Wednesday, August 31, 2011
BEG FOR MERCY
Emperor Zod's Draft Review
It ain't easy being a megolomaniacal Kryptonian general. I should know. I spent ages imprisoned in the Phantom Zone, a harsh sentence issued by my former friend, Jor-El. Upon escaping and discovering Krypton had been reduced to interstellar rubble, only one avenue of vengeance remained to me.
Along with my former cellmates, Ursa and Non, I set course for Earth, the new home of the last son of Krypton. Kal-El, better known to you tiny ants as Superman, was my target. His blood had to be spilled to satisfy my desire for revenge. Sadly, my infinite greatness faltered, and with underhanded cowardly trickery, my henchmen and I were bested.
And now, years later, a further indignity has been visited upon me. Last week, I drew the final pick in a sixteen team PPR snake draft. As an evil mastermind, however, such a minor disadvantage could not be allowed to stop my plans to burn my enemies with lasers from my eyes, restore my dominance, and ultimately complete my ascendance from General to Emperor.
This is how a deity drafts. I present to you: The Art Of (Draft) War.
A casual perusal of our scoring system reveals a few interesting facts. Let's review them before we begin.
1. Quarterback touchdowns score 6 points, with bonuses for deep bombs, and a substantial 5 point bonus upon reaching 300 accumulated passing yards. Combine the high QB scoring with the scarcity caused by 16 teams requiring one, and I expect to see an early QB run. They are at a premium.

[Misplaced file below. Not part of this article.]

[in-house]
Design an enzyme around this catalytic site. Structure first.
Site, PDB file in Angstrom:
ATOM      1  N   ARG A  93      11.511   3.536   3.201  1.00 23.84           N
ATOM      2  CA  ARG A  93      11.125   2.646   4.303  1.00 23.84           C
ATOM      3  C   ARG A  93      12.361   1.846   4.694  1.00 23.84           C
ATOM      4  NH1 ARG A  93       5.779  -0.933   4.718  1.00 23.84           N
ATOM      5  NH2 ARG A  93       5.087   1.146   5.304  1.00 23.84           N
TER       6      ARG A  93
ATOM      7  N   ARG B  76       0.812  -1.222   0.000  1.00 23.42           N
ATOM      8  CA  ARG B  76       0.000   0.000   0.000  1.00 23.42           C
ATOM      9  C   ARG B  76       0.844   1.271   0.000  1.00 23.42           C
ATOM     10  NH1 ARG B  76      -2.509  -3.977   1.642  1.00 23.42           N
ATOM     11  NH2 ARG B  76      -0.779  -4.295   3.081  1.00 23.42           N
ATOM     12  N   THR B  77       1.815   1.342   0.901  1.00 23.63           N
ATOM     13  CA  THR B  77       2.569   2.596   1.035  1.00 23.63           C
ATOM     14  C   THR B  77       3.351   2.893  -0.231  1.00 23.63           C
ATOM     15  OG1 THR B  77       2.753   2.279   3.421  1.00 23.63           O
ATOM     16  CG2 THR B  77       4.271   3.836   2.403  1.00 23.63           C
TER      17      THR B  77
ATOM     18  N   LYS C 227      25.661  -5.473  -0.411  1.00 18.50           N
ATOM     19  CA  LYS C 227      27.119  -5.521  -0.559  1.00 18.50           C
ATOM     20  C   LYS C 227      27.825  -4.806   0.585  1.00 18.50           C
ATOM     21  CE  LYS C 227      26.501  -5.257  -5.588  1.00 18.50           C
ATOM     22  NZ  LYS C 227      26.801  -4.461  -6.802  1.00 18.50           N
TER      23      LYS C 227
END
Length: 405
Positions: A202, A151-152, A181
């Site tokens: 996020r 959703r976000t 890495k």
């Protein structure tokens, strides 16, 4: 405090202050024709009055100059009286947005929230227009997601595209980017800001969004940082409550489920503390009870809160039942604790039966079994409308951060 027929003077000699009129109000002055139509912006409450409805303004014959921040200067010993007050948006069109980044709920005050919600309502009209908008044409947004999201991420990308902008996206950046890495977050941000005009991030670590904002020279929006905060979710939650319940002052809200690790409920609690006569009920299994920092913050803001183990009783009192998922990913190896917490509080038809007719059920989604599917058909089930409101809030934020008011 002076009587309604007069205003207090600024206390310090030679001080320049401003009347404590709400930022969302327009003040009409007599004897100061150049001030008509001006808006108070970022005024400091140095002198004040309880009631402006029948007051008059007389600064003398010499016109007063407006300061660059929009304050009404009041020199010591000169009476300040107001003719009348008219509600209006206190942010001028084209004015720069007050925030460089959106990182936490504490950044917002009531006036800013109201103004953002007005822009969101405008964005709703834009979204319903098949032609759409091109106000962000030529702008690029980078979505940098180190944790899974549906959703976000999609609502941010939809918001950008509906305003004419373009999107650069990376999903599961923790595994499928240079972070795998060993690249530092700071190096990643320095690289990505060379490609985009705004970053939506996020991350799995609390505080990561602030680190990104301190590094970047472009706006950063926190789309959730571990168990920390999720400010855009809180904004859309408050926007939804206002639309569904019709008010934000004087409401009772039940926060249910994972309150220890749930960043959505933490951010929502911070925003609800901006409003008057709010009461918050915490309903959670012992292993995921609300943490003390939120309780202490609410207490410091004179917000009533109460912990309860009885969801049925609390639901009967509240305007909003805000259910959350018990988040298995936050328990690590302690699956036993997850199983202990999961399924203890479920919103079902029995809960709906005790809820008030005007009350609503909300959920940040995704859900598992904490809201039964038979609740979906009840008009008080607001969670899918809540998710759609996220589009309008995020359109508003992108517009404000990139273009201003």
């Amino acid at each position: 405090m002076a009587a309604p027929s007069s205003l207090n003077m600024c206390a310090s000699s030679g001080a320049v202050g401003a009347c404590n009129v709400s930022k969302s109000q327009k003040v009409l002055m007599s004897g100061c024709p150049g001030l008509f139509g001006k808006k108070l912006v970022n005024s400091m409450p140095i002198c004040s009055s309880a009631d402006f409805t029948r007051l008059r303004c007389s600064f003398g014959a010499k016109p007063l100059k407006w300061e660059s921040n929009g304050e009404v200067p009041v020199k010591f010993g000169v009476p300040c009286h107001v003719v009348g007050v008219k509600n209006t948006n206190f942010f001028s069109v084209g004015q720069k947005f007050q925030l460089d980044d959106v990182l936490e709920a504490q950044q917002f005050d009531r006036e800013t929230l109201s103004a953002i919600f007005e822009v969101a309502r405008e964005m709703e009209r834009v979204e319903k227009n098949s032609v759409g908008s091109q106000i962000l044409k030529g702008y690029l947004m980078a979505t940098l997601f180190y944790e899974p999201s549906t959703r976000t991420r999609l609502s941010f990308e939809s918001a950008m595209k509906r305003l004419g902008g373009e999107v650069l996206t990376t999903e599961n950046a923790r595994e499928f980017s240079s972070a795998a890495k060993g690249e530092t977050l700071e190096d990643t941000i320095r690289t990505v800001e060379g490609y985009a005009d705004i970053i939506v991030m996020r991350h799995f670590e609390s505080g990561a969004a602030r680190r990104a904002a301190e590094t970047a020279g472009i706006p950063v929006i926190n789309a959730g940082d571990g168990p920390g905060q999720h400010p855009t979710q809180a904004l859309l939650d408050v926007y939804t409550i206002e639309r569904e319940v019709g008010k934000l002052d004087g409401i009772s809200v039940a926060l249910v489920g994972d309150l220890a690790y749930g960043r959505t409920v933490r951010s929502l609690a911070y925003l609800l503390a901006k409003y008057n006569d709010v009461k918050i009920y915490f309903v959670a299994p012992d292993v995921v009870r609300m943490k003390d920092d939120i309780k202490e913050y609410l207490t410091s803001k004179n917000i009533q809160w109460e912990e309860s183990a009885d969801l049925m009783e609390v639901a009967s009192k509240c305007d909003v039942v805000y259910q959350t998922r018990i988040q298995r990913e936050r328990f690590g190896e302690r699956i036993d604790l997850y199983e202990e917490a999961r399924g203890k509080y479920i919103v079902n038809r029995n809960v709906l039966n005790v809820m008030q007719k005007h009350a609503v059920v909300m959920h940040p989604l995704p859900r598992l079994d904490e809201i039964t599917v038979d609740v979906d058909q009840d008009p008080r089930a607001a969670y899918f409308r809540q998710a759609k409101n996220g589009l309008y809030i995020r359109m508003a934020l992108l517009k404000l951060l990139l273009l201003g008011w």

2. The running backs and wide receivers also have bonuses for long scoring plays, but when one factors in the point per reception, the wide receivers are weighted slightly more heavily. I expect those who have read the rules to opt for a wide receiver when all else is equal.
3. I've read numerous articles on myriad fantasy websites about the perils of drafting on past performance. Often these articles cheerfully display the percentage of QBs, WRs, and RBs who repeat as top 10 players at their positions from year to year. Inevitably, the conclusions show that QBs have somewhere around a 70% repeat rate, WRs 50%, and RBs 35%. These figures are approximate and drawn from memory, and may not be exactly accurate, (hatred for Superman clouds my recollections) but the point stands that the safest way to guarantee production from early picks is to err towards QBs and WRs.
In this league, all things considered, doing so is obvious. The question becomes, are my league mates paying attention?
Under the looming threat of a glorious hurricane, the draft began.
10 of the first 16 picks are running backs. This bodes well for the mighty Zod. The only quarterbacks selected among the first 15 are Aaron Rodgers at 5, Tom Brady at 11, and Michael Vick at 12. The top remaining options are Brees and Rivers. Emperor Zod, with the final pick of round one, gleefully selects Drew Brees. (16)
The board is mine. With my quarterback slot filled, it is time to own a top end receiver. The finest available are Larry Fitzgerald, Vincent Jackson, Greg Jennings, Hakeem Nicks, and Mike Wallace. None will make it back through the next thirty picks. Zod chooses Larry Fitzgerald. Zod chooses... wisely. (17)
I notably passed over Philip Rivers and Vincent Jackson. This was not premeditated, nor was it related to any negative outlook I have on the Chargers' offense this year. I expect greatness from both. I just felt the other two options were a slight notch above.